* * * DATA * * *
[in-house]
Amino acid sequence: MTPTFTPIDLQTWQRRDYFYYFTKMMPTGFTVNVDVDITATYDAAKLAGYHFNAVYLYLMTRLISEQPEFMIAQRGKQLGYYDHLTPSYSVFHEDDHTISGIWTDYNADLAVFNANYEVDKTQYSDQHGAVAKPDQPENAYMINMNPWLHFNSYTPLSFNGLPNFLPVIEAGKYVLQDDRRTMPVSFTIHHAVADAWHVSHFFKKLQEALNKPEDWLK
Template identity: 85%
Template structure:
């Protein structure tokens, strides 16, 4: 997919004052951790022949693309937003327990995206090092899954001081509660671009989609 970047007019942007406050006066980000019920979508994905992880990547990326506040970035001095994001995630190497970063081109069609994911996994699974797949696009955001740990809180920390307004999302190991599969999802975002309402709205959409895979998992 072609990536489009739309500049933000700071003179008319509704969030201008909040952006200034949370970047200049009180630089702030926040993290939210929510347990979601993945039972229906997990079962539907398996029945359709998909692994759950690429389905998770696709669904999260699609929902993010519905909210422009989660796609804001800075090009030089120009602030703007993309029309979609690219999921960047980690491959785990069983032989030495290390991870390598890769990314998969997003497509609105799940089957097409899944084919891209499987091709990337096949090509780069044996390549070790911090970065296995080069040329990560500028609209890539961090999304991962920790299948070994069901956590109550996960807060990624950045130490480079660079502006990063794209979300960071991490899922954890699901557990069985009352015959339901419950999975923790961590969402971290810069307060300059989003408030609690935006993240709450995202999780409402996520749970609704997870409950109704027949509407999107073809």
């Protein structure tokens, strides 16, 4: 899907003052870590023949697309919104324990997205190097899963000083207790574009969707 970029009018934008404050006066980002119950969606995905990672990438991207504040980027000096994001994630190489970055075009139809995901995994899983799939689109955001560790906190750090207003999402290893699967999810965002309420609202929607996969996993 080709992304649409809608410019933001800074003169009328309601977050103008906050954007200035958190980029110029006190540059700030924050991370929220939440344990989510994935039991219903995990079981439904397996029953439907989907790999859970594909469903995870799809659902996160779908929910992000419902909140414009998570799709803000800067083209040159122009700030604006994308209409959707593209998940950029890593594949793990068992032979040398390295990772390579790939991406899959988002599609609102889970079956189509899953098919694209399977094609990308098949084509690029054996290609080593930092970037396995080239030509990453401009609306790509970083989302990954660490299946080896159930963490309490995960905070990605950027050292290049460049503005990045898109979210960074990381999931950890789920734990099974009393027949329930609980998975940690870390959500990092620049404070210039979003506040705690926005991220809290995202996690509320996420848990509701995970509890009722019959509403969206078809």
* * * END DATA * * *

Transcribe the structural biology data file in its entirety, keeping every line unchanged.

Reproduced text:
[in-house]
Amino acid sequence: MTPTFTPIDLQTWQRRDYFYYFTKMMPTGFTVNVDVDITATYDAAKLAGYHFNAVYLYLMTRLISEQPEFMIAQRGKQLGYYDHLTPSYSVFHEDDHTISGIWTDYNADLAVFNANYEVDKTQYSDQHGAVAKPDQPENAYMINMNPWLHFNSYTPLSFNGLPNFLPVIEAGKYVLQDDRRTMPVSFTIHHAVADAWHVSHFFKKLQEALNKPEDWLK
Template identity: 85%
Template structure:
């Protein structure tokens, strides 16, 4: 997919004052951790022949693309937003327990995206090092899954001081509660671009989609 970047007019942007406050006066980000019920979508994905992880990547990326506040970035001095994001995630190497970063081109069609994911996994699974797949696009955001740990809180920390307004999302190991599969999802975002309402709205959409895979998992 072609990536489009739309500049933000700071003179008319509704969030201008909040952006200034949370970047200049009180630089702030926040993290939210929510347990979601993945039972229906997990079962539907398996029945359709998909692994759950690429389905998770696709669904999260699609929902993010519905909210422009989660796609804001800075090009030089120009602030703007993309029309979609690219999921960047980690491959785990069983032989030495290390991870390598890769990314998969997003497509609105799940089957097409899944084919891209499987091709990337096949090509780069044996390549070790911090970065296995080069040329990560500028609209890539961090999304991962920790299948070994069901956590109550996960807060990624950045130490480079660079502006990063794209979300960071991490899922954890699901557990069985009352015959339901419950999975923790961590969402971290810069307060300059989003408030609690935006993240709450995202999780409402996520749970609704997870409950109704027949509407999107073809």
């Protein structure tokens, strides 16, 4: 899907003052870590023949697309919104324990997205190097899963000083207790574009969707 970029009018934008404050006066980002119950969606995905990672990438991207504040980027000096994001994630190489970055075009139809995901995994899983799939689109955001560790906190750090207003999402290893699967999810965002309420609202929607996969996993 080709992304649409809608410019933001800074003169009328309601977050103008906050954007200035958190980029110029006190540059700030924050991370929220939440344990989510994935039991219903995990079981439904397996029953439907989907790999859970594909469903995870799809659902996160779908929910992000419902909140414009998570799709803000800067083209040159122009700030604006994308209409959707593209998940950029890593594949793990068992032979040398390295990772390579790939991406899959988002599609609102889970079956189509899953098919694209399977094609990308098949084509690029054996290609080593930092970037396995080239030509990453401009609306790509970083989302990954660490299946080896159930963490309490995960905070990605950027050292290049460049503005990045898109979210960074990381999931950890789920734990099974009393027949329930609980998975940690870390959500990092620049404070210039979003506040705690926005991220809290995202996690509320996420848990509701995970509890009722019959509403969206078809």